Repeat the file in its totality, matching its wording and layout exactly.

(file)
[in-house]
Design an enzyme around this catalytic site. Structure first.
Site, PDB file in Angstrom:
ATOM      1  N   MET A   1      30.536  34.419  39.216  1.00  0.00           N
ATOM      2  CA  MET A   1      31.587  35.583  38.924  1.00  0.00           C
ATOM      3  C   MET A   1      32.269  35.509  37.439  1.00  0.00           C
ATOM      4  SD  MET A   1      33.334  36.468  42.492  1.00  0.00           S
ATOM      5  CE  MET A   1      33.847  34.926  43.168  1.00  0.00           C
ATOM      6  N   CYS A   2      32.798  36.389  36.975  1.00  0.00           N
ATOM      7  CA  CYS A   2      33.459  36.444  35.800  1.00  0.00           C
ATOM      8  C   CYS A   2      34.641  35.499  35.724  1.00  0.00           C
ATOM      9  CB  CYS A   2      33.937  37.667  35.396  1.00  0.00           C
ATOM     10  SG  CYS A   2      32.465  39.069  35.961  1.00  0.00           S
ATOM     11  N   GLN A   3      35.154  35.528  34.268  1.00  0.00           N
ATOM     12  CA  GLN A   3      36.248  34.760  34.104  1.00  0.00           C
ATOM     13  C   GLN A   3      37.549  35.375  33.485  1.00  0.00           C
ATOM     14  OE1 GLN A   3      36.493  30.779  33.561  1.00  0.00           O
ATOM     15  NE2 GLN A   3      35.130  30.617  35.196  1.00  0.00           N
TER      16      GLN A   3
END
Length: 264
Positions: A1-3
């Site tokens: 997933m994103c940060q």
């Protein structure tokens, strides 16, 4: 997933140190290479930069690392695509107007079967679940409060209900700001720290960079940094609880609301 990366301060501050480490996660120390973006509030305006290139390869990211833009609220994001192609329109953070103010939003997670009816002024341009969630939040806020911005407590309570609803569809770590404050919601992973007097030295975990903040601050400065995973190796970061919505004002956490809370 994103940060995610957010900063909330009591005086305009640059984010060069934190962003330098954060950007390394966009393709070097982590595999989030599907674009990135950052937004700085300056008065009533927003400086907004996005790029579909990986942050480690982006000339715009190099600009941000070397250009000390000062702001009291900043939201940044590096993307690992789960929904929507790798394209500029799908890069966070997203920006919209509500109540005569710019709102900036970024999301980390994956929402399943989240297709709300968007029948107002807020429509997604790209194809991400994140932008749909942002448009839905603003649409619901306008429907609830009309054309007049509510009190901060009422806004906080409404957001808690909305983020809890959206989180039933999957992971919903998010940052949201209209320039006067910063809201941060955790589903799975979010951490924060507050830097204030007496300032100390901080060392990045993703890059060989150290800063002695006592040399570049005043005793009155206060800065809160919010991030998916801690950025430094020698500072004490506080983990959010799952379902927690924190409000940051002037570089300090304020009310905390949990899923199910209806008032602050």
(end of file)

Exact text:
[in-house]
Design an enzyme around this catalytic site. Structure first.
Site, PDB file in Angstrom:
ATOM      1  N   MET A   1      30.536  34.419  39.216  1.00  0.00           N
ATOM      2  CA  MET A   1      31.587  35.583  38.924  1.00  0.00           C
ATOM      3  C   MET A   1      32.269  35.509  37.439  1.00  0.00           C
ATOM      4  SD  MET A   1      33.334  36.468  42.492  1.00  0.00           S
ATOM      5  CE  MET A   1      33.847  34.926  43.168  1.00  0.00           C
ATOM      6  N   CYS A   2      32.798  36.389  36.975  1.00  0.00           N
ATOM      7  CA  CYS A   2      33.459  36.444  35.800  1.00  0.00           C
ATOM      8  C   CYS A   2      34.641  35.499  35.724  1.00  0.00           C
ATOM      9  CB  CYS A   2      33.937  37.667  35.396  1.00  0.00           C
ATOM     10  SG  CYS A   2      32.465  39.069  35.961  1.00  0.00           S
ATOM     11  N   GLN A   3      35.154  35.528  34.268  1.00  0.00           N
ATOM     12  CA  GLN A   3      36.248  34.760  34.104  1.00  0.00           C
ATOM     13  C   GLN A   3      37.549  35.375  33.485  1.00  0.00           C
ATOM     14  OE1 GLN A   3      36.493  30.779  33.561  1.00  0.00           O
ATOM     15  NE2 GLN A   3      35.130  30.617  35.196  1.00  0.00           N
TER      16      GLN A   3
END
Length: 264
Positions: A1-3
């Site tokens: 997933m994103c940060q």
């Protein structure tokens, strides 16, 4: 997933140190290479930069690392695509107007079967679940409060209900700001720290960079940094609880609301 990366301060501050480490996660120390973006509030305006290139390869990211833009609220994001192609329109953070103010939003997670009816002024341009969630939040806020911005407590309570609803569809770590404050919601992973007097030295975990903040601050400065995973190796970061919505004002956490809370 994103940060995610957010900063909330009591005086305009640059984010060069934190962003330098954060950007390394966009393709070097982590595999989030599907674009990135950052937004700085300056008065009533927003400086907004996005790029579909990986942050480690982006000339715009190099600009941000070397250009000390000062702001009291900043939201940044590096993307690992789960929904929507790798394209500029799908890069966070997203920006919209509500109540005569710019709102900036970024999301980390994956929402399943989240297709709300968007029948107002807020429509997604790209194809991400994140932008749909942002448009839905603003649409619901306008429907609830009309054309007049509510009190901060009422806004906080409404957001808690909305983020809890959206989180039933999957992971919903998010940052949201209209320039006067910063809201941060955790589903799975979010951490924060507050830097204030007496300032100390901080060392990045993703890059060989150290800063002695006592040399570049005043005793009155206060800065809160919010991030998916801690950025430094020698500072004490506080983990959010799952379902927690924190409000940051002037570089300090304020009310905390949990899923199910209806008032602050």